Anderson, Quentin (Fellow, 1979-80)
New York: Harcourt Brace Jovanovich, 1992
From the publisher's description:
What links the hopes of Communist fellow travelers in the 1930s to the work of Emerson a century earlier? Why do we give so much attention to celebrities? And why have we virtually erased the distinction between public and private affairs? Quentin Anderson shows that American individualism goes deeper than we admit. Only in America did writers and thinkers make the claim that a life worth living must subordinate family ties and social obligations to the visionary powers of the self. Drawing on the work of Emerson, Thoreau, Whitman, John Dewey, and Henry James - all of whom reacted strongly to the infiltration of money in the national imagination - Anderson finds that in denying the ties and obligations of an existing society each ended up by creating what he calls a "visionary capitalism." Such wholesale appropriations of the American scene, whether in art or systematic thought, discount history and individual action within society. He finds this tendency to grasp the world as an individual imaginative possession in both T. S. Eliot and Ezra Pound and persistent in the claim to an impersonal authority in contemporary literary criticism. Anderson concludes: "We shall not crack the money firmament or attain to the freedom we want until we see that such liberty comes from the quality of our relations with other people and in no other way."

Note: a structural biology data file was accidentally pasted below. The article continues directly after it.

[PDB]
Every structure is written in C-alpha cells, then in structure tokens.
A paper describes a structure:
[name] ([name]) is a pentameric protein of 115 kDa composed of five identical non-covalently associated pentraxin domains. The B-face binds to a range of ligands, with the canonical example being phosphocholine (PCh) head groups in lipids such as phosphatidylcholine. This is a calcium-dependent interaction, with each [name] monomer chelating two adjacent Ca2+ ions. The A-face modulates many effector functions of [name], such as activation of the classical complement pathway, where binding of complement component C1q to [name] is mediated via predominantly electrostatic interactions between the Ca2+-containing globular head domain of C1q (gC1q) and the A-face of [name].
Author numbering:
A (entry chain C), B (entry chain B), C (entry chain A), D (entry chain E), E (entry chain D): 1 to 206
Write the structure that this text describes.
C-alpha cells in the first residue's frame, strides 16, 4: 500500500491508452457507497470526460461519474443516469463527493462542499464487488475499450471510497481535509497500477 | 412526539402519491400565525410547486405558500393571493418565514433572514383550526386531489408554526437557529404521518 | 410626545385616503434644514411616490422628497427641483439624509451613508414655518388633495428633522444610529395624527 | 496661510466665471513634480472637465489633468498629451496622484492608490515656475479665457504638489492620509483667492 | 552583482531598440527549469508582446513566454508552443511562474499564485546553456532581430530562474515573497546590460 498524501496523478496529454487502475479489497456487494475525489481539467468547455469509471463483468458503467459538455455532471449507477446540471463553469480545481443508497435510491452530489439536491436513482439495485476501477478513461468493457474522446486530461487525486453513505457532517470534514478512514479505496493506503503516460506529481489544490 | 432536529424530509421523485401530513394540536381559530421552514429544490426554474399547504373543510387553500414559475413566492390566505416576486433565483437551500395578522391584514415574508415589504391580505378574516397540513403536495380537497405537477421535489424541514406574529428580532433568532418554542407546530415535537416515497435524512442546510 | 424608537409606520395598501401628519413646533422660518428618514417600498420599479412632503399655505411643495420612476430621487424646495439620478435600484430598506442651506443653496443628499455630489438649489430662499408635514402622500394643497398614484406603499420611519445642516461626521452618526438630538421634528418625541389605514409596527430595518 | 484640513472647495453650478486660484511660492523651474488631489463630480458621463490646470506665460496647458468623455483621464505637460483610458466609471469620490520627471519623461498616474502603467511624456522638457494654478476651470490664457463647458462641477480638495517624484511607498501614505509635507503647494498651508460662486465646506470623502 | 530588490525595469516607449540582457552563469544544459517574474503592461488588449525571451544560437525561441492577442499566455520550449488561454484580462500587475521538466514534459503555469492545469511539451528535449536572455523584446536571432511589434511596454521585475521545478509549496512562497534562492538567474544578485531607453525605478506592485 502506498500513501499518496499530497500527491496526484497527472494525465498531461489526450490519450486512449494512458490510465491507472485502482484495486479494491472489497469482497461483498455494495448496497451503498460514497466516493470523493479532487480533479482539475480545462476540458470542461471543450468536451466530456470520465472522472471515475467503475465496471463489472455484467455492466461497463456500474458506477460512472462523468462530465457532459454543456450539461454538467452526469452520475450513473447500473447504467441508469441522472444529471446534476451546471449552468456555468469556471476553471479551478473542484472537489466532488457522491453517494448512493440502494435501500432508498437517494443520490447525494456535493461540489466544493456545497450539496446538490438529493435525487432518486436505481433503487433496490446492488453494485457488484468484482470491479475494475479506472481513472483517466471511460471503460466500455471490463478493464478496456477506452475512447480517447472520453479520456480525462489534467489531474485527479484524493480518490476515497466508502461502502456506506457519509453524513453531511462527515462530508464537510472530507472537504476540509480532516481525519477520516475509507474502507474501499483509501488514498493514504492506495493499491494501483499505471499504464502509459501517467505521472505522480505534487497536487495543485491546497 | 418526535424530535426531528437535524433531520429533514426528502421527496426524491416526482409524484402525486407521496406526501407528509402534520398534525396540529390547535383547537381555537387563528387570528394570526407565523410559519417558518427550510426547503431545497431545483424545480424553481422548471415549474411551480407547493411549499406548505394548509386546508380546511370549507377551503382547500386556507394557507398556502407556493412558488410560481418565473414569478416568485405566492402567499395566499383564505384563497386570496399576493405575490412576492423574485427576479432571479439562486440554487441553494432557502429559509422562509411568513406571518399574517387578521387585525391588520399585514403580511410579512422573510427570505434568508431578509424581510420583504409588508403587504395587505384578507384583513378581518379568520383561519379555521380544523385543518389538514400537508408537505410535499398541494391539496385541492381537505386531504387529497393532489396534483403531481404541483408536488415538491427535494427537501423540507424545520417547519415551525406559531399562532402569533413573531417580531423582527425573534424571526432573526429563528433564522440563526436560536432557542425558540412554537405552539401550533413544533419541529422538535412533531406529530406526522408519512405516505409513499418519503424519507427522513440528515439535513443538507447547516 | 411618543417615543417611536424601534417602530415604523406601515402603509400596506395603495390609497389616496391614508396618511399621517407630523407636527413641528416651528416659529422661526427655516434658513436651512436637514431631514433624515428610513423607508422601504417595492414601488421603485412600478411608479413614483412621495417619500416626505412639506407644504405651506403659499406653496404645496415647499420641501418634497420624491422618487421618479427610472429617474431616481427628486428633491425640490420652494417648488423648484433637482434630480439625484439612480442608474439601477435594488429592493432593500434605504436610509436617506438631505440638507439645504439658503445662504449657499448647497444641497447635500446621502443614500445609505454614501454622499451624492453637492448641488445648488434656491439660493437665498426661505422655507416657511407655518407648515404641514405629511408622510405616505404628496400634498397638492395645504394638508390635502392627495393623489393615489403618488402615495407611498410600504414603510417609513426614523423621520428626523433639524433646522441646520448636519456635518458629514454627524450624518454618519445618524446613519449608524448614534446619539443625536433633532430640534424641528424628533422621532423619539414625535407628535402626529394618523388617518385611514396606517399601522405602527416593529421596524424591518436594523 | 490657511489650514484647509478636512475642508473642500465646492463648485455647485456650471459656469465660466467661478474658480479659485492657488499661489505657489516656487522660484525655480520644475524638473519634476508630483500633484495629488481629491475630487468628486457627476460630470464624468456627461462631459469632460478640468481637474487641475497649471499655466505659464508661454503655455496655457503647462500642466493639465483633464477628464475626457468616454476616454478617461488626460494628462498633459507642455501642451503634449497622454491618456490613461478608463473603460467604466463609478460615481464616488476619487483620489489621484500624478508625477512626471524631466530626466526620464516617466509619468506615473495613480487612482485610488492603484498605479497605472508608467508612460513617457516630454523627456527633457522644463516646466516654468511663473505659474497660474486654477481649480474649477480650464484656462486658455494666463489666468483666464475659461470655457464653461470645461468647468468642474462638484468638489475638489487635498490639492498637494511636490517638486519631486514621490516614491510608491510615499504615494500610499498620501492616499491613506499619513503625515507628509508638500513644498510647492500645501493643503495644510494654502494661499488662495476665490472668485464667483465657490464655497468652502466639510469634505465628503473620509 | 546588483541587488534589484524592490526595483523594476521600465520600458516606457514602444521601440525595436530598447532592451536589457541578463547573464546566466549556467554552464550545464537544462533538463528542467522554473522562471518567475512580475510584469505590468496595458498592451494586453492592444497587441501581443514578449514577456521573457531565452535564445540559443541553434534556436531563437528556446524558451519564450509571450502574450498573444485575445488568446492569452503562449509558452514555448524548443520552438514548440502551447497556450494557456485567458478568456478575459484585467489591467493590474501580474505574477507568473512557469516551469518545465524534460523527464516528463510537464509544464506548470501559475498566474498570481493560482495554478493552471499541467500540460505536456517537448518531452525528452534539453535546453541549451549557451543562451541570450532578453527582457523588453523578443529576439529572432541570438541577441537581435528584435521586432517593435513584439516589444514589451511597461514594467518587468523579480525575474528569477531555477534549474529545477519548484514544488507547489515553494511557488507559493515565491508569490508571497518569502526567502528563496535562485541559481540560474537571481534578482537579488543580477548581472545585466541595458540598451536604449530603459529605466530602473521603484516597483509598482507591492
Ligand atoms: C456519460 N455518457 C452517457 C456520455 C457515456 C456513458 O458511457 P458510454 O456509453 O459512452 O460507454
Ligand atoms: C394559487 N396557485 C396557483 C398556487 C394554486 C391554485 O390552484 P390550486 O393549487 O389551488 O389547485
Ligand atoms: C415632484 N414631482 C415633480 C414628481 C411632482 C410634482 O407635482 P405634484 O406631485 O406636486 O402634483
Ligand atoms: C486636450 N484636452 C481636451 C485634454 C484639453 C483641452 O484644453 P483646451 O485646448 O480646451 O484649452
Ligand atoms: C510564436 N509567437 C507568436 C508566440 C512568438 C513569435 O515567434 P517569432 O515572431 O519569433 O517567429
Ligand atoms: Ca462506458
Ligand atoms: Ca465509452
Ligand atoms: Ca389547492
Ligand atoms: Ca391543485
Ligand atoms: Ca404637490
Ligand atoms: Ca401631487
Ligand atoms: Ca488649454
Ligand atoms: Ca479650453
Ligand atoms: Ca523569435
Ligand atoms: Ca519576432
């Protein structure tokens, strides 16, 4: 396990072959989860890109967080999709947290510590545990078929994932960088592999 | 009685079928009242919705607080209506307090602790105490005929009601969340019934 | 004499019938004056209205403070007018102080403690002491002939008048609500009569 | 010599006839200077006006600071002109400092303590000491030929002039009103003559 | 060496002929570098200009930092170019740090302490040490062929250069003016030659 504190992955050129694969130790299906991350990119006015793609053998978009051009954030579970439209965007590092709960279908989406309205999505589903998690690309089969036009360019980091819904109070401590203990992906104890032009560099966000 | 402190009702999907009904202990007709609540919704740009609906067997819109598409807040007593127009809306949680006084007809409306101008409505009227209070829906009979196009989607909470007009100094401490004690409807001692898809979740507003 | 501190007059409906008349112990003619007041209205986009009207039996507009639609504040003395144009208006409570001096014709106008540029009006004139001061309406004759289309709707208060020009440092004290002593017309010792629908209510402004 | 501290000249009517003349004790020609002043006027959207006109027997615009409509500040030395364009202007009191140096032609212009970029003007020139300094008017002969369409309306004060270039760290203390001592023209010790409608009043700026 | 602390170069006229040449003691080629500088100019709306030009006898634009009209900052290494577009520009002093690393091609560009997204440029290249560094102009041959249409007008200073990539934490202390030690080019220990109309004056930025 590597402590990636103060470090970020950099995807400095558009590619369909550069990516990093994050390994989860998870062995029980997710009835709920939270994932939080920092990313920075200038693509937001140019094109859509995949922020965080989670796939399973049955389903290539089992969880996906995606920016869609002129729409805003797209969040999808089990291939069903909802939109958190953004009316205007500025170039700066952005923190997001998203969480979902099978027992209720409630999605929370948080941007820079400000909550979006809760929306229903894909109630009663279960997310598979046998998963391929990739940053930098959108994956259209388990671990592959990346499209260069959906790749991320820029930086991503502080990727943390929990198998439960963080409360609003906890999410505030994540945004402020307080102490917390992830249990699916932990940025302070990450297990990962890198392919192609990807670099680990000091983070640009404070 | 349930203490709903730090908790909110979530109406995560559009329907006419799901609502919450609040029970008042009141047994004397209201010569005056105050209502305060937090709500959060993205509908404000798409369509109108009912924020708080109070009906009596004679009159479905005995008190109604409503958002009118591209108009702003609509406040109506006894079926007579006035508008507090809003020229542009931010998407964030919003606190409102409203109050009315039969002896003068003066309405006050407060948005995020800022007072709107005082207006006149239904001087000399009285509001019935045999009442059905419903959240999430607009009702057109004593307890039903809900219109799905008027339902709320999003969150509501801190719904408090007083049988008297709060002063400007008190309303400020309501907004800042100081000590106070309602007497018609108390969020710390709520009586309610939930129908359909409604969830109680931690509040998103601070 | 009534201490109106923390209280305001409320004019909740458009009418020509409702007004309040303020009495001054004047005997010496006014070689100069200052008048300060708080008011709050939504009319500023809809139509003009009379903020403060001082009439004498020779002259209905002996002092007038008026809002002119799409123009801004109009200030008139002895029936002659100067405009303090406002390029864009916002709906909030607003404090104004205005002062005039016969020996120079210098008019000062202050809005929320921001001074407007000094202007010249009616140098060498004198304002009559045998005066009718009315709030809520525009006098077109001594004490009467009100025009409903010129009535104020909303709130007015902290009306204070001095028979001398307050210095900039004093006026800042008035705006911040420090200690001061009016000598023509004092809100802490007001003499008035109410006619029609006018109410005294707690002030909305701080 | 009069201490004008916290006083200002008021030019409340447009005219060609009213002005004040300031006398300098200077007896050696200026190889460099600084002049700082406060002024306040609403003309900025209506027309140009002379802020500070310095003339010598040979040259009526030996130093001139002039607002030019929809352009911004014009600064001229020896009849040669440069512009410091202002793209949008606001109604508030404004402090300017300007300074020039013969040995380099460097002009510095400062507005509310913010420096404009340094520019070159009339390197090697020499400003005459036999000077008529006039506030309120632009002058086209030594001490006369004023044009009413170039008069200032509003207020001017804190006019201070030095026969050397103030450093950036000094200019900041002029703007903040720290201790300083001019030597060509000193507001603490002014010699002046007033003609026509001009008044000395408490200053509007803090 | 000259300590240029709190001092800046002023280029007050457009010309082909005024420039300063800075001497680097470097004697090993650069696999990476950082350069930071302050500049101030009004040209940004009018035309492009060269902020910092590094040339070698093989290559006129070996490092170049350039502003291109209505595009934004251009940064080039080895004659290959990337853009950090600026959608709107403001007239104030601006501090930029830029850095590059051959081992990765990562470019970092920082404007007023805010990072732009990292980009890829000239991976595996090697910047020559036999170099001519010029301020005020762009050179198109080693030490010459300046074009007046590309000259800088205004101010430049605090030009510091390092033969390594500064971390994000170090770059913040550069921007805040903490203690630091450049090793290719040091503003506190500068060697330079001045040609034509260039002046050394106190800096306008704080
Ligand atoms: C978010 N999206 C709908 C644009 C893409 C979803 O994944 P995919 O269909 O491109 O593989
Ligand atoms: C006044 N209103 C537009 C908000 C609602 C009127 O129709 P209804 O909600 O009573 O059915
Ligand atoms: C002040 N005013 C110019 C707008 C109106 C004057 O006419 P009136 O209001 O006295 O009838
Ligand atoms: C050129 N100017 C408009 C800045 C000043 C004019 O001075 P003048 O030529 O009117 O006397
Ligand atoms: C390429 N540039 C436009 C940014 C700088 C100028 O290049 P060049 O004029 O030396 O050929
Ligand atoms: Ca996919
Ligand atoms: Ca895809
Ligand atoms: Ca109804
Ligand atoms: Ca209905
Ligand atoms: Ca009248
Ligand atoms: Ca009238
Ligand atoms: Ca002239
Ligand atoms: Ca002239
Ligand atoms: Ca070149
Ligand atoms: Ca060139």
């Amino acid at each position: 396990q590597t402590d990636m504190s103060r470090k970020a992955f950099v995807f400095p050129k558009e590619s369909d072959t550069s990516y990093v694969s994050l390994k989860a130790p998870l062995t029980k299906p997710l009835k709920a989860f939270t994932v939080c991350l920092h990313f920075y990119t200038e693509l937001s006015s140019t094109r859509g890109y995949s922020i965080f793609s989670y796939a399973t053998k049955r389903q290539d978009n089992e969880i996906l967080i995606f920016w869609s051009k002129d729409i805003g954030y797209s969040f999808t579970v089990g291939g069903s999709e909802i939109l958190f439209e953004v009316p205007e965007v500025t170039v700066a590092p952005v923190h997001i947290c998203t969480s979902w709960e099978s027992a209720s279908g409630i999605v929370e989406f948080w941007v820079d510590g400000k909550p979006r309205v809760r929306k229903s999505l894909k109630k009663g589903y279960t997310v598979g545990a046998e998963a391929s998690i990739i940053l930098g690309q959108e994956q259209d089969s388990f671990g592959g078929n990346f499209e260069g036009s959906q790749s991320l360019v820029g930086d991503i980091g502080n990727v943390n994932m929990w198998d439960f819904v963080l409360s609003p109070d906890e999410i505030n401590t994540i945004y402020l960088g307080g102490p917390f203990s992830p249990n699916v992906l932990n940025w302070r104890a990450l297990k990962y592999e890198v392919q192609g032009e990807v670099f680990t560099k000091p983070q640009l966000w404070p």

Subjects: Literature; Literary Criticism; American Literature; Capitalism; Individualism